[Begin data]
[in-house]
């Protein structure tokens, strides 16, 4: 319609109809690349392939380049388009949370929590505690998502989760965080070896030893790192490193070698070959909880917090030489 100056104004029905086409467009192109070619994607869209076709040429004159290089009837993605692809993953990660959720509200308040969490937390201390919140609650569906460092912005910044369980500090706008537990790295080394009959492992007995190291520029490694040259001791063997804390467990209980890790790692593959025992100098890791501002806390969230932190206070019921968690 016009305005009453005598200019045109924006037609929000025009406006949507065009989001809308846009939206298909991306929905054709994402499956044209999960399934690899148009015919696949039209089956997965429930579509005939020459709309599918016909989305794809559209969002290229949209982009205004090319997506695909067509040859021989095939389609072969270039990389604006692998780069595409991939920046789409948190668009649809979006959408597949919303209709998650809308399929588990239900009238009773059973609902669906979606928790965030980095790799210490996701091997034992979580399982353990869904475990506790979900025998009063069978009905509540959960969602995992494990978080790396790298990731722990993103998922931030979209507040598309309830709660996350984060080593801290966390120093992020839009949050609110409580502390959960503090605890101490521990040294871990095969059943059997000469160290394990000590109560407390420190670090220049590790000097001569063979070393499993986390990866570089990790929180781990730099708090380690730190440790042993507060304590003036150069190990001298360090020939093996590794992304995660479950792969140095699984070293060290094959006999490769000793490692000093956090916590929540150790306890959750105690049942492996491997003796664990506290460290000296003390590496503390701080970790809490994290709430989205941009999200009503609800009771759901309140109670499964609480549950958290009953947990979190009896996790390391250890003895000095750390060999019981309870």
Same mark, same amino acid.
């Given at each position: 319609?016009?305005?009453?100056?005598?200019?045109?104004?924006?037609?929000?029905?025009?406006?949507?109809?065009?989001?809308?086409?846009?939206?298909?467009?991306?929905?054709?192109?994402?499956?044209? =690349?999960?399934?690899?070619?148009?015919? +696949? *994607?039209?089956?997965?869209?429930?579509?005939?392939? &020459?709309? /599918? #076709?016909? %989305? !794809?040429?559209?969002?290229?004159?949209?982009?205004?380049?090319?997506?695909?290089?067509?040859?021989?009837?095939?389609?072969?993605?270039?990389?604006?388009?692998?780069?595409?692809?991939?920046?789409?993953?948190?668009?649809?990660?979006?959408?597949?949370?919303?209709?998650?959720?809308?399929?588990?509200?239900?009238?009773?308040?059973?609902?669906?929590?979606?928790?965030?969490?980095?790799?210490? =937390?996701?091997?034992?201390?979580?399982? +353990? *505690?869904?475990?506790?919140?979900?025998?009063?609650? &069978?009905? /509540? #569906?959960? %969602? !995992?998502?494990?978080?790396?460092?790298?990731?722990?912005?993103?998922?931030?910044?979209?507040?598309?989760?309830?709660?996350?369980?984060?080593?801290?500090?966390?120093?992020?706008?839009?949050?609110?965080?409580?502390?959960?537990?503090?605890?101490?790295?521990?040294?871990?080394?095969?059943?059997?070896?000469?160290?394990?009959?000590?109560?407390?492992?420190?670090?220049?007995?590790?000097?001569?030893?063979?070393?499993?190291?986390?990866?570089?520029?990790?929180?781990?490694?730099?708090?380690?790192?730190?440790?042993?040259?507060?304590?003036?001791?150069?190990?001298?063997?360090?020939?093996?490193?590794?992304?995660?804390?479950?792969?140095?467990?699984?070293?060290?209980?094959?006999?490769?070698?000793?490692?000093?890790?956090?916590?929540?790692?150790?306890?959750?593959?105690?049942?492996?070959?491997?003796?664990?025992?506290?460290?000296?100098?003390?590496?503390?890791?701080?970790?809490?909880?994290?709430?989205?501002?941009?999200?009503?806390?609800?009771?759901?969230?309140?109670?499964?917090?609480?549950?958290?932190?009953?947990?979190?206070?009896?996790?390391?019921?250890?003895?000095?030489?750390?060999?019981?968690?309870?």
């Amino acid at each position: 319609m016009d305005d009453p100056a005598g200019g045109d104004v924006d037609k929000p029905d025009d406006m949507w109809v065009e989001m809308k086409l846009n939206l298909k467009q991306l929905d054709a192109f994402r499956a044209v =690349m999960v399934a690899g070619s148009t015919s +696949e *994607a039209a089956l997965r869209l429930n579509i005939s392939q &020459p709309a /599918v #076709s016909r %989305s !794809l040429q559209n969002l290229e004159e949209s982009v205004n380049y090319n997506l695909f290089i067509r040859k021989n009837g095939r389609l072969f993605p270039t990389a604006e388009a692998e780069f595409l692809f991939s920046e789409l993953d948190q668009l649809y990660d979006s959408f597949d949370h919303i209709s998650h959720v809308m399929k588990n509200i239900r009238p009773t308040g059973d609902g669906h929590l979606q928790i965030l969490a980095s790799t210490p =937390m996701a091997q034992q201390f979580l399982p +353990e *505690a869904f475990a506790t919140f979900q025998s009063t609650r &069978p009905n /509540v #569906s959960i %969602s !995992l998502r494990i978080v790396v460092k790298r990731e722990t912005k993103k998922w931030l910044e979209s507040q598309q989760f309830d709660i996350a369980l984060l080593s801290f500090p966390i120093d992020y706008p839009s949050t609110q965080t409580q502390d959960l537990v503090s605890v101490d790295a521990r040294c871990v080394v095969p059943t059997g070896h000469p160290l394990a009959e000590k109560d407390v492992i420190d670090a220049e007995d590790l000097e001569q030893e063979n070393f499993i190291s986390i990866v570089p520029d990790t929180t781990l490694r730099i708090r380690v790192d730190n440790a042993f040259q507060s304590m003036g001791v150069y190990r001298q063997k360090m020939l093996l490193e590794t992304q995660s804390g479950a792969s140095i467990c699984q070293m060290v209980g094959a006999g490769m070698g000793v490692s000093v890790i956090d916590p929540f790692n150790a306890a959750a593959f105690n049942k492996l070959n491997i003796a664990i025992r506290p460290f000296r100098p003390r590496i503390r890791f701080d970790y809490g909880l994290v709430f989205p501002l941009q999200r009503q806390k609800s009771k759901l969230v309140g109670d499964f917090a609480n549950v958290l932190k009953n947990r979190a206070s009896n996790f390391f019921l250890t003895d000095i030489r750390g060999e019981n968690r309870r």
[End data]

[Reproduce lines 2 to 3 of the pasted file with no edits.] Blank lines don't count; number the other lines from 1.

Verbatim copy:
């Protein structure tokens, strides 16, 4: 319609109809690349392939380049388009949370929590505690998502989760965080070896030893790192490193070698070959909880917090030489 100056104004029905086409467009192109070619994607869209076709040429004159290089009837993605692809993953990660959720509200308040969490937390201390919140609650569906460092912005910044369980500090706008537990790295080394009959492992007995190291520029490694040259001791063997804390467990209980890790790692593959025992100098890791501002806390969230932190206070019921968690 016009305005009453005598200019045109924006037609929000025009406006949507065009989001809308846009939206298909991306929905054709994402499956044209999960399934690899148009015919696949039209089956997965429930579509005939020459709309599918016909989305794809559209969002290229949209982009205004090319997506695909067509040859021989095939389609072969270039990389604006692998780069595409991939920046789409948190668009649809979006959408597949919303209709998650809308399929588990239900009238009773059973609902669906979606928790965030980095790799210490996701091997034992979580399982353990869904475990506790979900025998009063069978009905509540959960969602995992494990978080790396790298990731722990993103998922931030979209507040598309309830709660996350984060080593801290966390120093992020839009949050609110409580502390959960503090605890101490521990040294871990095969059943059997000469160290394990000590109560407390420190670090220049590790000097001569063979070393499993986390990866570089990790929180781990730099708090380690730190440790042993507060304590003036150069190990001298360090020939093996590794992304995660479950792969140095699984070293060290094959006999490769000793490692000093956090916590929540150790306890959750105690049942492996491997003796664990506290460290000296003390590496503390701080970790809490994290709430989205941009999200009503609800009771759901309140109670499964609480549950958290009953947990979190009896996790390391250890003895000095750390060999019981309870």
Same mark, same amino acid.